FERRARA: It’s what I do. It’s as simple as that. Whether it’s a gift or it’s an accomplishment, it’s what I do. Somebody’s the director of the group, of the film. Willem is the actor and I’m the director. We each have our special gift and that’s mine. And I’m cool with it, and I’m more cool with it the older I get. I’m trying to keep it real and make it real for the people who are going to watch the movie, and make them get it. You know we got some nasty reviews and they were like telling me, “Oh, they didn’t get it.” Yeah, but it’s my job to make them get it, you dig? It’s not my job to beat them over the head because they didn’t understand the film. 

FRAGOSO: But there are people who don’t like Citizen Kane—there will always be someone who finds a reason to not like something. 

FERRARA: Right. When they say it I just tell them, “Watch it again five years from now and see what you think.” Don’t get carried away. Don’t get obsessed with not liking a movie. It’s funny when we’re doing these Q&As and somebody says, “I hate the movie.” Then why are you still here, dude? You get the satisfaction of telling me my movie sucks?

FRAGOSO: That seems a bit masochistic. 

FERRARA: You either connect or you don’t connect. It’s not the end of the world, man. It’s a movie, you dig? Do you know how many films I couldn’t understand? Couldn’t see? Could not even sit through? I watch them years later and it’s like a revelation. 

FRAGOSO: Different stages of our lives changes how we experience art. 

FERRARA: Because you’re constantly changing man. But the film’s not changing. The film stays the same. That’s the beautiful aspect of it. 

FRAGOSO: And then you interact with that film. 

FERRARA: Yeah you interact what that film, but does the film really change? If you’re viewing it in a different way then the film’s not the same, right? 

FRAGOSO: To you. 

FERRARA: Well where is the film? Is the film in the screen or in your heart? 

FRAGOSO: Do you have uncertainties about the future of film and its preservation? 

FERRARA: Well, Pasolini was shot on negative. I was kind of realizing that I was in the generation of directors that went from film to digital just because I was told to. Because I didn’t put up a fight. I didn’t want to say, “Hey man, I don’t believe it.” You don’t know what the digital experience really is, or if that file is going to last or not? Or if somebody is going to come up with a hack or a fucking light storm on the sun and every fucking digital computation is gone in the whole world. There’s a movie right there. Every fucking photograph in your phone, every fucking bit on your computer, the whole world could come back to 000. The only thing that’s there is a Polaroid from 1978, or a film shot on negative. Hopefully the film is preserved in your mind.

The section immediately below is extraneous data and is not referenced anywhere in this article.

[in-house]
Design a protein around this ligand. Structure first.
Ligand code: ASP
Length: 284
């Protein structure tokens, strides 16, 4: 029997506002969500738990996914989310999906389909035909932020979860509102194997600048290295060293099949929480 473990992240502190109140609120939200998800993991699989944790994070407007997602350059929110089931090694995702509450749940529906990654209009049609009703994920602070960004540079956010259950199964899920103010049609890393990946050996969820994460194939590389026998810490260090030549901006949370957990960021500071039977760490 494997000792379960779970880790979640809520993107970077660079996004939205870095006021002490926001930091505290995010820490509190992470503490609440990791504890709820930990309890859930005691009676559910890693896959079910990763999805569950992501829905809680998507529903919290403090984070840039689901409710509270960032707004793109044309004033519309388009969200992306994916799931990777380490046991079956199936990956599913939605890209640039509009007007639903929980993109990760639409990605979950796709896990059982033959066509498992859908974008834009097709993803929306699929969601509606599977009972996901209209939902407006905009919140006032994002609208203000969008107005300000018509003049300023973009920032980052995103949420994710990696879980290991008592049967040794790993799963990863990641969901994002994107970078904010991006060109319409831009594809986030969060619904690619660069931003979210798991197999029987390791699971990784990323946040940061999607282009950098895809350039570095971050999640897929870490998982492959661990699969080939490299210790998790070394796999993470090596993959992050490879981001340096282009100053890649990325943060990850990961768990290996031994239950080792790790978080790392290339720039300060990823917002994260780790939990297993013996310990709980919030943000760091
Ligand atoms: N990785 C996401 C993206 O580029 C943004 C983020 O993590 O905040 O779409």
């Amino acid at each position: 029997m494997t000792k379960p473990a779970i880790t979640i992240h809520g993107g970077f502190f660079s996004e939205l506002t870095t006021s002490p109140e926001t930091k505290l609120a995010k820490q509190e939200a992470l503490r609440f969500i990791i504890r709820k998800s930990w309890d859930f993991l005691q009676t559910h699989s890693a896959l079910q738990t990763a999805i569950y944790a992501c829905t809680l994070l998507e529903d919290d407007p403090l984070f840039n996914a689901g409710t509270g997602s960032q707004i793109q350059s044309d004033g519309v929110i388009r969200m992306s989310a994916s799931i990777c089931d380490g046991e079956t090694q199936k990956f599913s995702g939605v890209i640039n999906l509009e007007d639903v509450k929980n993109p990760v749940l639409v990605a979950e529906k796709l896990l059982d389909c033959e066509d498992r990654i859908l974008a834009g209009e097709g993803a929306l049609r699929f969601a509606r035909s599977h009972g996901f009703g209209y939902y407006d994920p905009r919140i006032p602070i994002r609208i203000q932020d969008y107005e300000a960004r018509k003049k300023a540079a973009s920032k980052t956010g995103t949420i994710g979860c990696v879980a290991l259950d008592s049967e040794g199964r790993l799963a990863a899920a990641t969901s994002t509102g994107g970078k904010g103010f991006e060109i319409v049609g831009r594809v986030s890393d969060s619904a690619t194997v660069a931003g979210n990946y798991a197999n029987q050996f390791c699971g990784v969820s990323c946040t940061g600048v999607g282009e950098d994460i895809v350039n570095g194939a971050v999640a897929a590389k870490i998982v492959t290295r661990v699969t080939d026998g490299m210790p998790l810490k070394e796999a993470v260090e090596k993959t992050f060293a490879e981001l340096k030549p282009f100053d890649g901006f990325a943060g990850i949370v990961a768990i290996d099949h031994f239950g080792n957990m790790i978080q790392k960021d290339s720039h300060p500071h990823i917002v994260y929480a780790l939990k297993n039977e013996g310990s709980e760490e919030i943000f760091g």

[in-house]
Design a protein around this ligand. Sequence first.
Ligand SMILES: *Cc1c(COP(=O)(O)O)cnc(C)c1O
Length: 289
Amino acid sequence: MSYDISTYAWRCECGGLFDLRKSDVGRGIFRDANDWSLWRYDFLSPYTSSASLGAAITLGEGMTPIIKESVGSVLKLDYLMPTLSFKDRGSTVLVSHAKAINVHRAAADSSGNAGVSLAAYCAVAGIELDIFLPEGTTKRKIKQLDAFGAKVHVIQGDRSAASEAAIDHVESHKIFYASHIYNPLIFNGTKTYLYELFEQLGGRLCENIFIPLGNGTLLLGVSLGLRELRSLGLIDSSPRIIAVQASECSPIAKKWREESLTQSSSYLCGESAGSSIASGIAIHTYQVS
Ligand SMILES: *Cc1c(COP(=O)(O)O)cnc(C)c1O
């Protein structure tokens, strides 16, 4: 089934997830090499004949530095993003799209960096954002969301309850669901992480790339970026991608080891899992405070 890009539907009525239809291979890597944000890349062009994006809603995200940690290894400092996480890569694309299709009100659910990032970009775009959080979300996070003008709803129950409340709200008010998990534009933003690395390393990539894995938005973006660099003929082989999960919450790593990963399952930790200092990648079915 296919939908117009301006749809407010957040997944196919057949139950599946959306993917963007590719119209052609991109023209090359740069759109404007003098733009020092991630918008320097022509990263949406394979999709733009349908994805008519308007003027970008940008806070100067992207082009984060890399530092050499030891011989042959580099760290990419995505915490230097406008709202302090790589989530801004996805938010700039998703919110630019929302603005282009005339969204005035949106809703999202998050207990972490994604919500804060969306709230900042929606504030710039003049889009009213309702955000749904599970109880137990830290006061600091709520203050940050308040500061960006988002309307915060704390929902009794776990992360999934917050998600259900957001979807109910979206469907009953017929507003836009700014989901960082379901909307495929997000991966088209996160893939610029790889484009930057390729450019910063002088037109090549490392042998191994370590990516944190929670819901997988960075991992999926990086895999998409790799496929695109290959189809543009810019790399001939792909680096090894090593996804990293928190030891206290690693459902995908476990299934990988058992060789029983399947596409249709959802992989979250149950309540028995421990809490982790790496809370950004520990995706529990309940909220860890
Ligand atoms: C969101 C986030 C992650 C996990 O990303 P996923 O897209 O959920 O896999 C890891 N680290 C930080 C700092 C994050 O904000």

FRAGOSO: Is Hollywood cinema “the devil,” as your film proclaims?

FERRARA: Well, no, it just sounded like a good line because Laura Betti did the voice of The Exorcist. I love that line when he says, “Give an old altar boy a break.” That’s when the priest is getting a subway and he’s all alone in the subway, and there’s a bum lying there saying, “Can you give an old altar boy a break, father?” Later, the chick is in the bed and he’s trying to figure out what the fuck is going on. And that chick in the exact voice is saying, “Can you give an old altar boy a break, father?” Then he knew. It was a very chilling moment in that film, if you believe in the devil. Which I no longer believe. I’m a Buddhist now so that shit doesn’t scare me like it did.

FRAGOSO: When did that happen? When you became sober?

FERRARA: Yeah, I was a Buddhist for about eight years. You can’t be a Buddhist if you’re using. It’s impossible. 

FRAGOSO: Are you glad you became a Buddhist? 

FERRARA: For me it locked into my teachings of Jesus and it makes sense to me. It’s a philosophy of life, like making the movies, working on the films, on the compassion, on why I made Pasolini and who he is to me and what I learned from it. It’s a Buddhist deal. You meditate on your teacher, and he was our teacher. Why do we like him? Why did we want to make that film? What is the reason? That’s what this film is for us.